Kinky Boots is a fabulous feel-good musical

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Kinky Boots | Broadway Across Canada | Queen Elizabeth Theatre | February 7 – 12, 2017

Drag queens, Cyndi Lauper tunes, and sequins galore. How can one go wrong? Kinky Boots is a musical about acceptance, following your heart, and feeling fabulous in your own skin.

Charlie Price (Curt Hansen) is the classic hero who is pulled back to his small tow to save the family shoe factory, Price & Sons, after his father passes away. He is eager to get back to London to be with his fiancé Nicola (Katerina Papacostas), but soon gets involved in the daily running of the company and trying to save it from bankruptcy.

While the plot had a bit of a slow start, it’s when Charlie meets Lola (J. Harrison Ghee), a drag queen performing at a London pub, that things start to get interesting. As Lola talks about her overpriced boots that don’t last through many performances, Charlie gets the idea that maybe Price & Sons could tap into that niche market to save their factory.

The idea to make boots for drag queens is not received well by all the factory workers in Northampton, especially Don (Aaron Walpole), who is very uncomfortable with the idea and thinks that Lola is not a “real man.” One of the best songs “What a Woman Wants” has the female workers explaining why Lola is closer to their ideal man than someone like Don. To try to settle their dispute, Lola suggests that she will one thing that Don chooses if Don does one thing that she chooses. Don challenges Lola to a boxing match, not knowing that Lola actually trained as a boxer all throughout childhood. Not wanting to humiliate him in front of his friends, Lola lets Don win. Her challenge to him forms the main thematic message of the musical: “accept someone for who they are.”

Although much of the plot is predictable and there are the usual obstacles for Charlie to overcome such as choosing between his fiancée Nicola and their new life in London or his new love interest, Lauren (Rose Hemingway), and a life at the factory. Lauren was a very likable character with her awkwardness and humility as she tries to help Charlie while falling in love with him.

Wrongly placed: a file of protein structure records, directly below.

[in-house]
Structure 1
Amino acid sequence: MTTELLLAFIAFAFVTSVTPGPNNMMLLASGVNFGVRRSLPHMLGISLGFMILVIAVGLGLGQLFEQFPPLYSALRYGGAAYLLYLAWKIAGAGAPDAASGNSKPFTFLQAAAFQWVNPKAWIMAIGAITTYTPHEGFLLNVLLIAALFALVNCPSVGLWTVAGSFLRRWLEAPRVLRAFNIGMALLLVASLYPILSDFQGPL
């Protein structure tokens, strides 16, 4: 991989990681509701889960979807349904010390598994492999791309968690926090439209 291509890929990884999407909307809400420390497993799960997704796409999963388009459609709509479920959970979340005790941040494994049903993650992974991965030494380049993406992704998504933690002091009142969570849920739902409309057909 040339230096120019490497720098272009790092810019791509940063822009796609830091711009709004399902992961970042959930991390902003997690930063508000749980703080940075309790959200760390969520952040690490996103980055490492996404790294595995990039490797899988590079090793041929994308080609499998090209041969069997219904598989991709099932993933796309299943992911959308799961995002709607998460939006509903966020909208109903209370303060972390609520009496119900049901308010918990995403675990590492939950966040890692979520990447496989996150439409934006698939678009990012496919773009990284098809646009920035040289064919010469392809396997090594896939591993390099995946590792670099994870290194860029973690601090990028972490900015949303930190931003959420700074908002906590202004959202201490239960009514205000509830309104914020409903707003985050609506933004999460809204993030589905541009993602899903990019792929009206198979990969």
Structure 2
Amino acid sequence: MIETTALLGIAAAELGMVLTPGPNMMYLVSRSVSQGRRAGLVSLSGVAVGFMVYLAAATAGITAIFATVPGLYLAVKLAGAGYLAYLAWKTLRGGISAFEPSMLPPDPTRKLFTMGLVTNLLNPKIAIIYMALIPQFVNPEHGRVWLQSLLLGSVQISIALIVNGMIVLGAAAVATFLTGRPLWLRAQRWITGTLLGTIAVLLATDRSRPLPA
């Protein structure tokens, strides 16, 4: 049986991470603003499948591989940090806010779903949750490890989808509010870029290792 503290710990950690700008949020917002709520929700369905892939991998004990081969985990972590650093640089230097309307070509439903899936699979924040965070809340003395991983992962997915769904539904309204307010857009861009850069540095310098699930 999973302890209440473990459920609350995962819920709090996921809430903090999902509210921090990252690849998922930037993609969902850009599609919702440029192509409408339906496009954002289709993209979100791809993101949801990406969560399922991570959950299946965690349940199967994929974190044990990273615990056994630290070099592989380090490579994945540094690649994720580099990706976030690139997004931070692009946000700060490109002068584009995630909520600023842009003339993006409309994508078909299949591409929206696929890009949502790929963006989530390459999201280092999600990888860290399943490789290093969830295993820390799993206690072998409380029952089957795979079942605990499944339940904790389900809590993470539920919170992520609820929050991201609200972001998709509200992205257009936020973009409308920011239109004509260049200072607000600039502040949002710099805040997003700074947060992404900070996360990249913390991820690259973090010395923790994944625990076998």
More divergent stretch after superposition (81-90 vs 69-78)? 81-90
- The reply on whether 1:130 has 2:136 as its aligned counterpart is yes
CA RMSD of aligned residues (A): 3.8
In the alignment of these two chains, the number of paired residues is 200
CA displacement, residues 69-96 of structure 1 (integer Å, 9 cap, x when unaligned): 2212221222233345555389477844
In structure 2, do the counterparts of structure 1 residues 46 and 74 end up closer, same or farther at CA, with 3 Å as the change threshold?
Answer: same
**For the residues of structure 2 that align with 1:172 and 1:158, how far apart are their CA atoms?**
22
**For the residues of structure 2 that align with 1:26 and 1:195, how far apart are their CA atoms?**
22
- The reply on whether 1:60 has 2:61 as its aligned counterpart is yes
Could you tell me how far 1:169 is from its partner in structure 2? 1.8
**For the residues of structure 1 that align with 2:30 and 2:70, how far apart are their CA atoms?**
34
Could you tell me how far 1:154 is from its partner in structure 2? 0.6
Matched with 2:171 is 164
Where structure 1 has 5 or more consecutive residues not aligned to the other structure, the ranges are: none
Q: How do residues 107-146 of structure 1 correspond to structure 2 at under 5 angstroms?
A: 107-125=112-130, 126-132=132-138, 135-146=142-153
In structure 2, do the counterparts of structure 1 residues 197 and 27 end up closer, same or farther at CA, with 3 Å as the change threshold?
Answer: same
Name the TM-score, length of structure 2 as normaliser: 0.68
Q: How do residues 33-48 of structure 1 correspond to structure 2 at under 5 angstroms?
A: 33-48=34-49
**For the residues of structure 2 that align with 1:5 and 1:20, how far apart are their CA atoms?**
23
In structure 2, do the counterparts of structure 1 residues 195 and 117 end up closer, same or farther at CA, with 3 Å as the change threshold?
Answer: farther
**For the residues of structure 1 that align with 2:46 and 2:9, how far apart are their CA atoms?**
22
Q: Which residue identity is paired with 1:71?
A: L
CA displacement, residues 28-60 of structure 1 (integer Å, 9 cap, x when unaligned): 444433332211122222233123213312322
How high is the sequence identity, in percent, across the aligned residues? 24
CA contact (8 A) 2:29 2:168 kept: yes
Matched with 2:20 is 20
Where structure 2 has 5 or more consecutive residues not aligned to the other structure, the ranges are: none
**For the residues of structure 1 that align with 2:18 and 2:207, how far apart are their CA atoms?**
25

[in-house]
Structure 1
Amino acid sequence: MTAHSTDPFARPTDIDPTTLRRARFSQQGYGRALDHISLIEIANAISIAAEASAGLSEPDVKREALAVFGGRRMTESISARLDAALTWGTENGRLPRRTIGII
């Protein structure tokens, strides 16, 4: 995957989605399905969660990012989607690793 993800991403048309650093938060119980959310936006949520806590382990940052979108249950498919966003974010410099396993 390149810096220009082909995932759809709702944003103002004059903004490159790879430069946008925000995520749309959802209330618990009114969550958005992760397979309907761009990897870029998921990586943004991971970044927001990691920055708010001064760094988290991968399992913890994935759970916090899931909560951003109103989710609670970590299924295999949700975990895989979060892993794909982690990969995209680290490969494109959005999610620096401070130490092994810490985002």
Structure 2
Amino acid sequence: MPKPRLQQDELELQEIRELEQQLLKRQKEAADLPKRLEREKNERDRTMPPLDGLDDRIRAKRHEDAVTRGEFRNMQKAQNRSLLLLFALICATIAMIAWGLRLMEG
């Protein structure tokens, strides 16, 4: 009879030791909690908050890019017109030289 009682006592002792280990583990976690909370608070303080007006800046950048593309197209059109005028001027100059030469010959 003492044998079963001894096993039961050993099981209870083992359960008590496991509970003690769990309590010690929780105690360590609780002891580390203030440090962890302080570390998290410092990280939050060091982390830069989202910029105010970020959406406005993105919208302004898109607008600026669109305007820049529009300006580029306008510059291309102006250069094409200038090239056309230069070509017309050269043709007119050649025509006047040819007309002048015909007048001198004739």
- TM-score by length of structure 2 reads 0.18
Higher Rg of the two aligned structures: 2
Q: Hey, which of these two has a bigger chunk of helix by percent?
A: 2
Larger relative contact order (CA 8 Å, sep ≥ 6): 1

Brilliant choreography, dazzling drag queens, and a very cool conveyor belt scene make up for the predictability. There was only one moment in the show when sympathy for Charlie wore thin. He takes things too far and brutally insults Lola and her girls when he finds out that she plans to use them as the models for their fashion show in Milan. As he sings “Soul of a Man” in his sorry-for-himself scene, it was hard to feel any sympathy when he had just been so mean to someone who had helped him so much.

Charlie does apologize to Lola and the finale brings us back to the feel-good vibes of “Raise You Up/Just Be” where the whole cast wears the kinky boots on the runway. Along with the soulful sounds of Cyndi Lauper, Lola’s amazing voice, and her team of amazing dancing “Angels,” the feel-good message of accepting yourself and others for who they are makes Kinky Boots a hugely uplifting story. 

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